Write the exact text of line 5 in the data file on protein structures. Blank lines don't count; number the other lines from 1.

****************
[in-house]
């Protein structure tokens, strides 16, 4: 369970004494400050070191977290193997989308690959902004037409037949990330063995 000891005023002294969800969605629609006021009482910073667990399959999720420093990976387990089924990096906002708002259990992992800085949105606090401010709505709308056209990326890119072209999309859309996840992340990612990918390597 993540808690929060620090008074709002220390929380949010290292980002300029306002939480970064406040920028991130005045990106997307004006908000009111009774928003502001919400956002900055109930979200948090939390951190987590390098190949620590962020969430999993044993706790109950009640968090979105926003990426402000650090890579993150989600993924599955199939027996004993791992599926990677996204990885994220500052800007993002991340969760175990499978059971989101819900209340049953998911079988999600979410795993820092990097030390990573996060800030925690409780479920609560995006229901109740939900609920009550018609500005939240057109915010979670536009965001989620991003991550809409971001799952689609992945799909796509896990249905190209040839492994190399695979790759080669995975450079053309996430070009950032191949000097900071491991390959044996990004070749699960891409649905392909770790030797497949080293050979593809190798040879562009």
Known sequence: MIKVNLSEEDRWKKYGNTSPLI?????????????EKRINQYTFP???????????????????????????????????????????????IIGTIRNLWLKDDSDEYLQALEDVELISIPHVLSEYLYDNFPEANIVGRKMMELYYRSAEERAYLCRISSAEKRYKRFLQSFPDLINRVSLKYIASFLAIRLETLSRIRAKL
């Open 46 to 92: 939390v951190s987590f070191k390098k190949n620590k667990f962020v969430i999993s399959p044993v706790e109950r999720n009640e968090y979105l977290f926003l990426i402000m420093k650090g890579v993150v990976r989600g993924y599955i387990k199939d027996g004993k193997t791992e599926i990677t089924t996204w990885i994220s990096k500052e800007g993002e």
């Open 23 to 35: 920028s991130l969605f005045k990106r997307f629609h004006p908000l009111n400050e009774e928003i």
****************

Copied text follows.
């Open 23 to 35: 920028s991130l969605f005045k990106r997307f629609h004006p908000l009111n400050e009774e928003i």